A new way to repair damaged tissue by transforming human scar cells into blood vessel cells may have been identified by scientists.
The method appeared to improve blood flow, oxygenation, and nutrition to areas in need.
Cardiovascular scientists at Houston Methodist, with colleagues at Stanford University and Cincinnati Children's Hospital, learned that fibroblasts cells that causes scarring and are plentiful throughout the human body could be coaxed into becoming endothelium, an entirely different type of adult cell that forms the lining of blood vessels.
John Cooke, Houston Methodist Research Institute Department of Cardiovascular Sciences Chair, said that this was the first time that trans-differentiation to a therapeutic cell type has been accomplished with a small molecules and protein.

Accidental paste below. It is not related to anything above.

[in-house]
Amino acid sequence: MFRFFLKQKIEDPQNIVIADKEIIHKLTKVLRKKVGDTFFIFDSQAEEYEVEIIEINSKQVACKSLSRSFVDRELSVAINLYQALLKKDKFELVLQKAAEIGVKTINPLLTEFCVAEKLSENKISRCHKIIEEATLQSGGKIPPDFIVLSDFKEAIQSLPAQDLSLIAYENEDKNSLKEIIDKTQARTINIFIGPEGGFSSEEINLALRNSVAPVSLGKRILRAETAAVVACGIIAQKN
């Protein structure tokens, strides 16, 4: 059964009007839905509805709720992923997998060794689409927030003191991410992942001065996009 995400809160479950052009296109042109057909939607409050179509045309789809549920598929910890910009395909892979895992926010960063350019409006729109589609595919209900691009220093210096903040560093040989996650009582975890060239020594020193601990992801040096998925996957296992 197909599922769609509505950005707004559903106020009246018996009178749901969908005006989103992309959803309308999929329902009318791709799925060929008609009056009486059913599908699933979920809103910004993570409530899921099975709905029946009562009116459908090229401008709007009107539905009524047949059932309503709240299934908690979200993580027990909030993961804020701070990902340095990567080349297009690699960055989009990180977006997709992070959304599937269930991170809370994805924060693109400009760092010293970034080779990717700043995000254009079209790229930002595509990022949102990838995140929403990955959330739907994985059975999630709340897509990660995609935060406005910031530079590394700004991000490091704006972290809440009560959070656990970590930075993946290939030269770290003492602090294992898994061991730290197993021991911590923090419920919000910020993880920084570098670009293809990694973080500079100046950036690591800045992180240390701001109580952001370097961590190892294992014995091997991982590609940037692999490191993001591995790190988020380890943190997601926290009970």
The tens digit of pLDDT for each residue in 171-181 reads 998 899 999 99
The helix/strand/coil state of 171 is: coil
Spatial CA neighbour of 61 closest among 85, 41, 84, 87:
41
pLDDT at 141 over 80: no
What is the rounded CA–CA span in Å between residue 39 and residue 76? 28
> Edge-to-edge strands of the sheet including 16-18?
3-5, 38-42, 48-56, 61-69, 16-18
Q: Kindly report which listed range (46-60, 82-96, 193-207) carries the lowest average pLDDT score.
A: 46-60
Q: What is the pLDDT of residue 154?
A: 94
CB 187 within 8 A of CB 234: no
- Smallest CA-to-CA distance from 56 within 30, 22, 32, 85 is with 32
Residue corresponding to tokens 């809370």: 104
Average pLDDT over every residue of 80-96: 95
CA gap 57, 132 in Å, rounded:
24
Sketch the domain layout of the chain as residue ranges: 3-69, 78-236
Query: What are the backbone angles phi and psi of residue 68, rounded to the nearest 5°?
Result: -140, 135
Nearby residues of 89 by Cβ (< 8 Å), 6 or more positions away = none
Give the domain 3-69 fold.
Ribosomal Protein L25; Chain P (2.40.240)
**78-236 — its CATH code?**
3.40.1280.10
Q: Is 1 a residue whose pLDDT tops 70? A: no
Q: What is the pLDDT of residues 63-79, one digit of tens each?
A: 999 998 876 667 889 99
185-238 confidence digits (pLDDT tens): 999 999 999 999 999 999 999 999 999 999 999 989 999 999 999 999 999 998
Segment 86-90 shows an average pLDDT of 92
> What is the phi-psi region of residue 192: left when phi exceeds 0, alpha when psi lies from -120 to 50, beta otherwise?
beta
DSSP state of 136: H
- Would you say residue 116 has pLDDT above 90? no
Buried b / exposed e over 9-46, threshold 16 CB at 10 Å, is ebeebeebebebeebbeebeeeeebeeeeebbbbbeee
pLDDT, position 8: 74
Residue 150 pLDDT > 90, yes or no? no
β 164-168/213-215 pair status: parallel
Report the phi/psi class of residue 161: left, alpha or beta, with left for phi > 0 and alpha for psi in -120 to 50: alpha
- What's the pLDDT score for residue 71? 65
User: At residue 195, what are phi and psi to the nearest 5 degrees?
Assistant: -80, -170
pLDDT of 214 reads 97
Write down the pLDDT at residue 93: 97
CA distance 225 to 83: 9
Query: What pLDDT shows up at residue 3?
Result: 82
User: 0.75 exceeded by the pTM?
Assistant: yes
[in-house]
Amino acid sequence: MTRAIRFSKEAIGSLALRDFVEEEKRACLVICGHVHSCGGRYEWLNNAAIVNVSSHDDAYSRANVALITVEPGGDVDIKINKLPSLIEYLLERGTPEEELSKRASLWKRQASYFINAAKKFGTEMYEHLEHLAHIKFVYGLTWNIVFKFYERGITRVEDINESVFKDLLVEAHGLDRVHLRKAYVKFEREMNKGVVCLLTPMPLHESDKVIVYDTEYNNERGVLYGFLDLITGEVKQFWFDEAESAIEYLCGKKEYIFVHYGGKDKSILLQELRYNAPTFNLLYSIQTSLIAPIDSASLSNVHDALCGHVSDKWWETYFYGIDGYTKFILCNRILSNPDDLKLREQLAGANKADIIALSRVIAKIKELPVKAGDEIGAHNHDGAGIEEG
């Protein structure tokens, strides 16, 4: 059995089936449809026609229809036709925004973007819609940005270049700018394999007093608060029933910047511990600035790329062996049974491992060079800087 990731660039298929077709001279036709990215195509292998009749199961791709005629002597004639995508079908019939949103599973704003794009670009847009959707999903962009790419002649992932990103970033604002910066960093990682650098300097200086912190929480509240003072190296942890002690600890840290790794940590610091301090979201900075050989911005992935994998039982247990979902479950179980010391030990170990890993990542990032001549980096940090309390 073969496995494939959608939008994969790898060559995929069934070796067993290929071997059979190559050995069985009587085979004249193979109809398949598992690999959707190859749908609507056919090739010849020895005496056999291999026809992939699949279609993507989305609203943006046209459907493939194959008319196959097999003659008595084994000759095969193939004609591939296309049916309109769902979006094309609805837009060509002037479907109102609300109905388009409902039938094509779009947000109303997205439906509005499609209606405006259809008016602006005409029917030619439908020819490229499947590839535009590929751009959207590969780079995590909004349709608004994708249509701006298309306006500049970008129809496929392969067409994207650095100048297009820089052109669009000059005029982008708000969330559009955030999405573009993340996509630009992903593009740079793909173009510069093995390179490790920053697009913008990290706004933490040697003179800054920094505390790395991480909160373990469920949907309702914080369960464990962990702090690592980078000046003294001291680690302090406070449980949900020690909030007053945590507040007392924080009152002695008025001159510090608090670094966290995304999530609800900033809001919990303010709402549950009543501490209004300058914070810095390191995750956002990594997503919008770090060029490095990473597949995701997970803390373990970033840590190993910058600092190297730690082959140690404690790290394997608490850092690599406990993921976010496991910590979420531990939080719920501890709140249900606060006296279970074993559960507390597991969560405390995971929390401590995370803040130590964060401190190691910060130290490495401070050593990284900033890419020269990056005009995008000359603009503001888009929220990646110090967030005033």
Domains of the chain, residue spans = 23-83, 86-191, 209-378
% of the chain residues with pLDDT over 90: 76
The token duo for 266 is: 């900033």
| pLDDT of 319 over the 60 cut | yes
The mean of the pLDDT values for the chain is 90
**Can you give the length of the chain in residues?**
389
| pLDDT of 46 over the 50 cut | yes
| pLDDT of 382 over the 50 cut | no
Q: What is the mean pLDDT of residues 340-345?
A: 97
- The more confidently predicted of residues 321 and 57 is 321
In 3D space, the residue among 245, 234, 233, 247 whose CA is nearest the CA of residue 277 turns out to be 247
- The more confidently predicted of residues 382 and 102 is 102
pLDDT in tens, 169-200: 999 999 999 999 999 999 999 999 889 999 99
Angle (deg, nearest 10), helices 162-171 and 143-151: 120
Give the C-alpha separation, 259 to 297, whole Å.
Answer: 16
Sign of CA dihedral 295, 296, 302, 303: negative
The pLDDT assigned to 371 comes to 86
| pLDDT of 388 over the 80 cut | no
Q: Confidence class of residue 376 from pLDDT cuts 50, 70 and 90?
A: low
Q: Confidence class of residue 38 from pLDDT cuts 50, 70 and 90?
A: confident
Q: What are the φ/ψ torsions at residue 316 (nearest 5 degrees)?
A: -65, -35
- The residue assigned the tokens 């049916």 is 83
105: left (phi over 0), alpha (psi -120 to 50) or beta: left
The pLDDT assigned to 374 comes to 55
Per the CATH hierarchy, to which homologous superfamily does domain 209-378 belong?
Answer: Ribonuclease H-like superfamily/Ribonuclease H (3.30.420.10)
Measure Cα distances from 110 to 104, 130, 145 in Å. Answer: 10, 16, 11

The regenerative medicine approach provides proof-of-concept for a small molecule therapy that could one day be used to improve the healing of cardiovascular damage or other injuries, he further added.
The researchers reported to Circulation that about 2 percent of the fibroblasts were transformed from fibroblasts into endothelial cells, a rate comparable to what other research groups have accomplished using viruses and gene therapy.
But Cooke mentioned that preliminary, as-yet-unpublished work by his group suggested that they might be able to achieve transformation rates as high as 15 percent.
However, more animal model studies are needed before the group begins clinical trials.
The study will be published in the issue of Circulation.